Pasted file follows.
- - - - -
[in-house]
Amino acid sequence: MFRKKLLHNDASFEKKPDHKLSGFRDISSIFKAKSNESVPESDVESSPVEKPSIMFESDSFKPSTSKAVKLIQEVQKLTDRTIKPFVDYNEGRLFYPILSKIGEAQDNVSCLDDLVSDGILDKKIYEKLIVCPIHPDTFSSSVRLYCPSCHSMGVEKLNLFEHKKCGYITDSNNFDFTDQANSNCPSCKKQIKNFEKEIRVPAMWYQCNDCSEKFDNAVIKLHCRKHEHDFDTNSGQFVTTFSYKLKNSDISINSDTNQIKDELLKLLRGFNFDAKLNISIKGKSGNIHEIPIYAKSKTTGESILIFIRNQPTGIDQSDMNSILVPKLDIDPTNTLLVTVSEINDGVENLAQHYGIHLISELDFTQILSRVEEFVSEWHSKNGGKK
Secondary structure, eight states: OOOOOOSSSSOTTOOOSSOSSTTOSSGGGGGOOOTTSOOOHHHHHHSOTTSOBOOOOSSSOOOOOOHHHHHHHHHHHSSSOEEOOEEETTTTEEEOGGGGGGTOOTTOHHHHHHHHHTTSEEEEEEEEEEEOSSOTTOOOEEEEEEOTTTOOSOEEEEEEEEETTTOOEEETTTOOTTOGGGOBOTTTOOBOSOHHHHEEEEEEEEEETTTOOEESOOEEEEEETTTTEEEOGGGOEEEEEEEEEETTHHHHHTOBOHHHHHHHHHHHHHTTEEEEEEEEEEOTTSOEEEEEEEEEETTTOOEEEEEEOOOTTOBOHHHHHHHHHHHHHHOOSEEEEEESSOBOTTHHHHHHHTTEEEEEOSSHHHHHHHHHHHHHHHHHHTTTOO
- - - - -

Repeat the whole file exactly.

[in-house]
Amino acid sequence: MFRKKLLHNDASFEKKPDHKLSGFRDISSIFKAKSNESVPESDVESSPVEKPSIMFESDSFKPSTSKAVKLIQEVQKLTDRTIKPFVDYNEGRLFYPILSKIGEAQDNVSCLDDLVSDGILDKKIYEKLIVCPIHPDTFSSSVRLYCPSCHSMGVEKLNLFEHKKCGYITDSNNFDFTDQANSNCPSCKKQIKNFEKEIRVPAMWYQCNDCSEKFDNAVIKLHCRKHEHDFDTNSGQFVTTFSYKLKNSDISINSDTNQIKDELLKLLRGFNFDAKLNISIKGKSGNIHEIPIYAKSKTTGESILIFIRNQPTGIDQSDMNSILVPKLDIDPTNTLLVTVSEINDGVENLAQHYGIHLISELDFTQILSRVEEFVSEWHSKNGGKK
Secondary structure, eight states: OOOOOOSSSSOTTOOOSSOSSTTOSSGGGGGOOOTTSOOOHHHHHHSOTTSOBOOOOSSSOOOOOOHHHHHHHHHHHSSSOEEOOEEETTTTEEEOGGGGGGTOOTTOHHHHHHHHHTTSEEEEEEEEEEEOSSOTTOOOEEEEEEOTTTOOSOEEEEEEEEETTTOOEEETTTOOTTOGGGOBOTTTOOBOSOHHHHEEEEEEEEEETTTOOEESOOEEEEEETTTTEEEOGGGOEEEEEEEEEETTHHHHHTOBOHHHHHHHHHHHHHTTEEEEEEEEEEOTTSOEEEEEEEEEETTTOOEEEEEEOOOTTOBOHHHHHHHHHHHHHHOOSEEEEEESSOBOTTHHHHHHHTTEEEEEOSSHHHHHHHHHHHHHHHHHHTTTOO